Nevada Treasurer Hopes PE Gamble Pays Off


Kate Marshall

As its population boomed last decade, Nevada ranked as the country’s fastest-growing state. But one group the Silver State never managed to attract was venture and private equity investors.

Even today, there’s not a single sizeable venture fund based in the Nevada or a satellite office maintained by a major firm. Private Equity firms have also largely shied away from the state, with few deals there and even fewer local investors.

Starting now, however, Nevada is taking steps to raise its venture and private equity profile. Earlier this month, the state signed a contract with fund-of-funds investor Hamilton Lane to manage its $50 million Silver State Opportunity Fund, which will invest in Nevada companies. Under the agreement, Hamilton Lane will invest in venture and private equity funds that back companies in the state as well as co-invest directly in such businesses. Returns from the fund will go to K-12 education.

PeHUB caught up last week with Nevada State Treasurer Kate Marshall, a former peace core volunteer and antitrust prosecutor who is two years into her second term. Marshall says that while the hope is that the fund will spur job creation and economic development within the state, that’s not the focus for investments, which are to be industry agnostic and selected purely based on potential profitability.

“You don’t start off with: I want a Lego company,” she says. “You start with: What kinds of companies are going to give me returns? Your expectation is not the driver here. Return is the driver.”

While the Silver State fund has yet to make its first investment, Marshall did point to some companies operating in the state that might serve as models.  One is Ormat Techonologies, a developer of geothermal power facilities based in Reno. Another, not actually headquartered in Nevada but with significant operations there, is online retailer Zappos. Company founder Tony Hsieh has been snapping up property in downtown Las Vegas in recent years, as part of an ambitious plan to revitalize the neighborhood.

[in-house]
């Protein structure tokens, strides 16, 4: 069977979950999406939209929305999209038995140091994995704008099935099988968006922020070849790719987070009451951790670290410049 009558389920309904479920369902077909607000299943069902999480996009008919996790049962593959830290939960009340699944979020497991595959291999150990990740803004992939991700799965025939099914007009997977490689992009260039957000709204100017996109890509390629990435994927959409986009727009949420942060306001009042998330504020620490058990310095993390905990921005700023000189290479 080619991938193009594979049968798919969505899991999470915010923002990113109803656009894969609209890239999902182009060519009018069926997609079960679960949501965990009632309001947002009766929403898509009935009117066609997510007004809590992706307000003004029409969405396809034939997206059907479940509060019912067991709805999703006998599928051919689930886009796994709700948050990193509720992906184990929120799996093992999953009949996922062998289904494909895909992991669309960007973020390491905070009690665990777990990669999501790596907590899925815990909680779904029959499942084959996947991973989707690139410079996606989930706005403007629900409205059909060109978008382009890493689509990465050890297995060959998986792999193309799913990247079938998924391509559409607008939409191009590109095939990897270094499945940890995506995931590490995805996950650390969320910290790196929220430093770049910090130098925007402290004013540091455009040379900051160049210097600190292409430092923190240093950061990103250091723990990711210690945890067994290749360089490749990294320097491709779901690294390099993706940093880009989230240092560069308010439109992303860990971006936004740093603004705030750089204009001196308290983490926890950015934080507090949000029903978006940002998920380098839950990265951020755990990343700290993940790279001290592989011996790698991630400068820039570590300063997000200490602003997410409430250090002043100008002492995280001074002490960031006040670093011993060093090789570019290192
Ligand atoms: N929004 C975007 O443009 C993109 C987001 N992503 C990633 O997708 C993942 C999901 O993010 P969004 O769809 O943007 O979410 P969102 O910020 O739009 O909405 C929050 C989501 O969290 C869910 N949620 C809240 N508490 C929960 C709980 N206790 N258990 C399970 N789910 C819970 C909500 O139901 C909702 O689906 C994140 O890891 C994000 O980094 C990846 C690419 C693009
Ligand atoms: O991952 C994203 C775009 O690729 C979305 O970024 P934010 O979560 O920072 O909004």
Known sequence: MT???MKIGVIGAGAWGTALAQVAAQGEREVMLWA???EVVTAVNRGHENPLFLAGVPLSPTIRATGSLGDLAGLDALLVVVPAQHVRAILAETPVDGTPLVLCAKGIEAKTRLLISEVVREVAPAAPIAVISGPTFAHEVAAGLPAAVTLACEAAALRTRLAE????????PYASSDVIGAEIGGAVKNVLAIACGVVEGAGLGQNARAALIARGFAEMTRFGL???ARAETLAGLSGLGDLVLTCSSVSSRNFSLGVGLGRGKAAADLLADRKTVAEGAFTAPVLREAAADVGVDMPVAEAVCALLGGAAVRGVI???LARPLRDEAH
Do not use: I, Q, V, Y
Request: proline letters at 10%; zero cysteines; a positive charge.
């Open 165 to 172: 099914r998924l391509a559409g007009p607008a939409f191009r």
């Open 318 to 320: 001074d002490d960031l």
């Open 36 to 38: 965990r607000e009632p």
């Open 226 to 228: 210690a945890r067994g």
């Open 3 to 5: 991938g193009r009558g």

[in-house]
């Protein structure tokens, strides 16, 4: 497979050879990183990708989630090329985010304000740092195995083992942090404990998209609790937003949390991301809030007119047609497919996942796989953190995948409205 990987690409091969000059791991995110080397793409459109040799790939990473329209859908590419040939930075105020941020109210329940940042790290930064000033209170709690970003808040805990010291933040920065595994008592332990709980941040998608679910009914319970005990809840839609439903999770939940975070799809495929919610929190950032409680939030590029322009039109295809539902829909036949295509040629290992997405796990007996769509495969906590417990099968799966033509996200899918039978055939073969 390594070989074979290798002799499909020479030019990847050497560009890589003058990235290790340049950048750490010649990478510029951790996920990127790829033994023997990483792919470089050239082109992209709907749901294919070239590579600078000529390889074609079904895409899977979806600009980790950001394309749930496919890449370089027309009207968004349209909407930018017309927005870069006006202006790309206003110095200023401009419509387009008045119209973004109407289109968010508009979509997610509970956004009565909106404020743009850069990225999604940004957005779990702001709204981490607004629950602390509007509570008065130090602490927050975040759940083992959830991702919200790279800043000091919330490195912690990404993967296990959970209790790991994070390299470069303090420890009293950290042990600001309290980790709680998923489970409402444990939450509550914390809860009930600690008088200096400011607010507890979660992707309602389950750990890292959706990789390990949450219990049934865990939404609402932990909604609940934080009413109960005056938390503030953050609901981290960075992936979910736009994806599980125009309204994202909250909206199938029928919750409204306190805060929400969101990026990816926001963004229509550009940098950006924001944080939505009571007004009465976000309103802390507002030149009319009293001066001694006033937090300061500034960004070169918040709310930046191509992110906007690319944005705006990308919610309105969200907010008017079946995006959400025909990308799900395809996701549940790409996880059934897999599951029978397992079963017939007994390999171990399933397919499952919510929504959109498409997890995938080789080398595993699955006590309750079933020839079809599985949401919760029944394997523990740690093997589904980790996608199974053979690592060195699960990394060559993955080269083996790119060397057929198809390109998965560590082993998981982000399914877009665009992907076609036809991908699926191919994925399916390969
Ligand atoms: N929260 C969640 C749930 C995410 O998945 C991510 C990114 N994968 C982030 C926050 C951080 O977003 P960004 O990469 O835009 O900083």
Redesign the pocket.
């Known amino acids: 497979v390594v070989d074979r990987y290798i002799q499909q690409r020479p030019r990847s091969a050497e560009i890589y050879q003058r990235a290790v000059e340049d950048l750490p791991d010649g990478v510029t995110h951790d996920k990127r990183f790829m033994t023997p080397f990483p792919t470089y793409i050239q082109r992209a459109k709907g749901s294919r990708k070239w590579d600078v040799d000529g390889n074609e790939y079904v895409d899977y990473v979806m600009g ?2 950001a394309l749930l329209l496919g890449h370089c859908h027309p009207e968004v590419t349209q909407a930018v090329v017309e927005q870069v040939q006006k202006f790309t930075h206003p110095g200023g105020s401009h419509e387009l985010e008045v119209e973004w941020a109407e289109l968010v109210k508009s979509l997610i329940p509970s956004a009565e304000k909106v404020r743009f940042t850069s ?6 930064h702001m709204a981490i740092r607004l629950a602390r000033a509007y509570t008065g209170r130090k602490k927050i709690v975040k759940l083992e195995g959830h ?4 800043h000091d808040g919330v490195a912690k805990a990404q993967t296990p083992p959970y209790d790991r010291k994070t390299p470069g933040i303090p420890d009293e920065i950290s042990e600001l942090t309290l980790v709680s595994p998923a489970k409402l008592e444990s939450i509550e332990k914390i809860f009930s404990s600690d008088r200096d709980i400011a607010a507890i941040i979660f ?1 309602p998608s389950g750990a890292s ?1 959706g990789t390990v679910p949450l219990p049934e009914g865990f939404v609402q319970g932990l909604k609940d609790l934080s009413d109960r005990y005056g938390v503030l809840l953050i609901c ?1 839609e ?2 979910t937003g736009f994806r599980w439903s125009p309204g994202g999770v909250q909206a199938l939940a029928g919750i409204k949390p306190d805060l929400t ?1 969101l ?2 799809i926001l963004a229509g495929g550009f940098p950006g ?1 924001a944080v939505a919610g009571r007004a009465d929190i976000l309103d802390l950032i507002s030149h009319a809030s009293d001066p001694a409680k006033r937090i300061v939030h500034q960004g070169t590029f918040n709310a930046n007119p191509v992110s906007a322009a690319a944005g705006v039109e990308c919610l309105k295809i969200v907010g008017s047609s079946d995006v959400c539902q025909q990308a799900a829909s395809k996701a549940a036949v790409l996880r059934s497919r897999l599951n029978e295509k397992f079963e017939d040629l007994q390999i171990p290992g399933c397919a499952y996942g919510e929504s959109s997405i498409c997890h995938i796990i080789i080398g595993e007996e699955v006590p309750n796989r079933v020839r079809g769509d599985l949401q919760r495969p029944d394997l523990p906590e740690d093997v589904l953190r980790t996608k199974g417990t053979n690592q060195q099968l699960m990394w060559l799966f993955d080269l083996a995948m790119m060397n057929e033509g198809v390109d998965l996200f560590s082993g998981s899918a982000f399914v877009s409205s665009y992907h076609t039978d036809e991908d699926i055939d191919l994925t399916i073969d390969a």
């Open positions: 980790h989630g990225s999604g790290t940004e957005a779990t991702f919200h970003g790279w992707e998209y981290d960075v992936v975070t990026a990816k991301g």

Nevada, Marshall adds, is also strong as a military contractor and has substantial reserves of rare earth minerals that could attract mining investment.

Still, Marshall acknowledges that the state has a long way to go to develop a thriving private equity and venture ecosystem. An analysis by Hamilton Lane concluded that Nevada receives five times less venture capital, on a population adjusted basis, than the average U.S. state. Moreover, while there are a few networks of angel investors, the state lacks institutional venture capital investors.

Nor is Marshall counting on the state’s business-friendly tax structure to draw investors. Previous studies, she says, have shown that low taxes are not a significant driver for private equity and venture firms in terms of determining where to headquarter and where to invest. (This seems to make sense, as most private equity and venture firms are based in New York and California, not
exactly known as low tax havens.)

While the fund won’t be targeting investments based on their job creation potential, Marshall says she does plan to track what employment opportunities are created by the companies it backs. The hope, she says, is that picking the strongest companies will provide the most enduring boost to the job market.

“You want jobs that last, and to get those you need a company that lasts,” she says.

Photo courtesy of Nevada State Treasurer’s Office.

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